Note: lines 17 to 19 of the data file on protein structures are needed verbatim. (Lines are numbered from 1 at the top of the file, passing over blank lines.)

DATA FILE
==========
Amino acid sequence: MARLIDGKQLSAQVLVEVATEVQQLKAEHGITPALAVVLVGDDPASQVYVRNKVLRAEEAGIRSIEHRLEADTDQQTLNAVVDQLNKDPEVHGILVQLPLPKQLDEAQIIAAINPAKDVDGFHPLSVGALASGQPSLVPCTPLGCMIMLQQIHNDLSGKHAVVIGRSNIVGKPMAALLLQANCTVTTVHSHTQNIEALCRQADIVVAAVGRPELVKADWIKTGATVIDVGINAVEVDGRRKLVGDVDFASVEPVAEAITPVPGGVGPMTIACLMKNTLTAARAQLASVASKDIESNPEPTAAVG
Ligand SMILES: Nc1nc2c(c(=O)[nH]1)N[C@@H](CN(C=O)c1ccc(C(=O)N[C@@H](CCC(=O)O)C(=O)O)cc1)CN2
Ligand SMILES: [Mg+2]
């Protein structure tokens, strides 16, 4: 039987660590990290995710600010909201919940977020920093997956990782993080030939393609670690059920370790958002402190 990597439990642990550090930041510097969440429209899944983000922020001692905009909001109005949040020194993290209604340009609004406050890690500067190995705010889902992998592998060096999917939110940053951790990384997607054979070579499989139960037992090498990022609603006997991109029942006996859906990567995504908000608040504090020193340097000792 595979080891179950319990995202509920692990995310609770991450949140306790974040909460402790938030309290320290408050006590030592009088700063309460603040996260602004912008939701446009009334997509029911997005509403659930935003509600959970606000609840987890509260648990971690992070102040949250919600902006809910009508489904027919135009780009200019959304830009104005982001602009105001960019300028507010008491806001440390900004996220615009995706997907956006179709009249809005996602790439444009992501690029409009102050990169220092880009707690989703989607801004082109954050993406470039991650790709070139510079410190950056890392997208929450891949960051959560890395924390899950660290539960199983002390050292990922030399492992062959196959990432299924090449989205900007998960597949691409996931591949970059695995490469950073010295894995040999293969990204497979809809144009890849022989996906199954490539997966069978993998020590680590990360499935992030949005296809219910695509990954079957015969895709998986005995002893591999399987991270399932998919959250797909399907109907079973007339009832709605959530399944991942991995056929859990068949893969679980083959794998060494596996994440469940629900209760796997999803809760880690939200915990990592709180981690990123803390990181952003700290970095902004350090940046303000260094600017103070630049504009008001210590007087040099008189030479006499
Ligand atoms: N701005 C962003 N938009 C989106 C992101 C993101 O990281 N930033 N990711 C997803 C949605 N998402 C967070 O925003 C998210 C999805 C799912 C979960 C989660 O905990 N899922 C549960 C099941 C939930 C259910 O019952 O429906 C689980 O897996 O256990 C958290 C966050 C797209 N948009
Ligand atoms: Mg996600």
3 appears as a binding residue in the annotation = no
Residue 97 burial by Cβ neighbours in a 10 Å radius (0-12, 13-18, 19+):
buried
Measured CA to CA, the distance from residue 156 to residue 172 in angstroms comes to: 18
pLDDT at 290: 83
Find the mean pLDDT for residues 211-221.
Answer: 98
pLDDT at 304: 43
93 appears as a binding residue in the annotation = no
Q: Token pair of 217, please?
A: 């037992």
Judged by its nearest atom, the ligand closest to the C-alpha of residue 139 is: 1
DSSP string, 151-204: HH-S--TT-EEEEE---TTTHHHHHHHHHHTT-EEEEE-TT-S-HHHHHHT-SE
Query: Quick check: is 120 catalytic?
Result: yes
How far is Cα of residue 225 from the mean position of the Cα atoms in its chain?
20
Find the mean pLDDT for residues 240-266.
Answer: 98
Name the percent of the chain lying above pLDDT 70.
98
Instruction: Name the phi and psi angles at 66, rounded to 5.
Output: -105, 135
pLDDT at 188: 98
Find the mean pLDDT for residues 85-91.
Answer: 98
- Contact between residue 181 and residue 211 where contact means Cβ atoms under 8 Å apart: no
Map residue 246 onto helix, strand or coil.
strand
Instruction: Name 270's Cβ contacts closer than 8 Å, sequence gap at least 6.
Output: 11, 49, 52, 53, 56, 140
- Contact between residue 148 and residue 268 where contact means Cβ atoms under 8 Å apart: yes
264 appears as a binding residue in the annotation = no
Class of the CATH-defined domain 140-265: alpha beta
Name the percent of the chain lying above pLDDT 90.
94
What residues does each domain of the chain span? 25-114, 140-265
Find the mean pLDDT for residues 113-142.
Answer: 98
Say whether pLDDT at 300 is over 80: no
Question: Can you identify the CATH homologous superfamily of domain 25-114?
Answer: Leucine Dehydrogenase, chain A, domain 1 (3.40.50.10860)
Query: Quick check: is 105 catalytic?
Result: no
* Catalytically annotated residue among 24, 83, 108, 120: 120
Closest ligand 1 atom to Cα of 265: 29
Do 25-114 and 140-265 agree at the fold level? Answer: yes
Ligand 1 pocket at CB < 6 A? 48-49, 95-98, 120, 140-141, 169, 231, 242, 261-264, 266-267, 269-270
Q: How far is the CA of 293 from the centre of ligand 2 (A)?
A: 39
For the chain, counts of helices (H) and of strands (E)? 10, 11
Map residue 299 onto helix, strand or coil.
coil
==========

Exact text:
A: 């037992």
Judged by its nearest atom, the ligand closest to the C-alpha of residue 139 is: 1
DSSP string, 151-204: HH-S--TT-EEEEE---TTTHHHHHHHHHHTT-EEEEE-TT-S-HHHHHHT-SE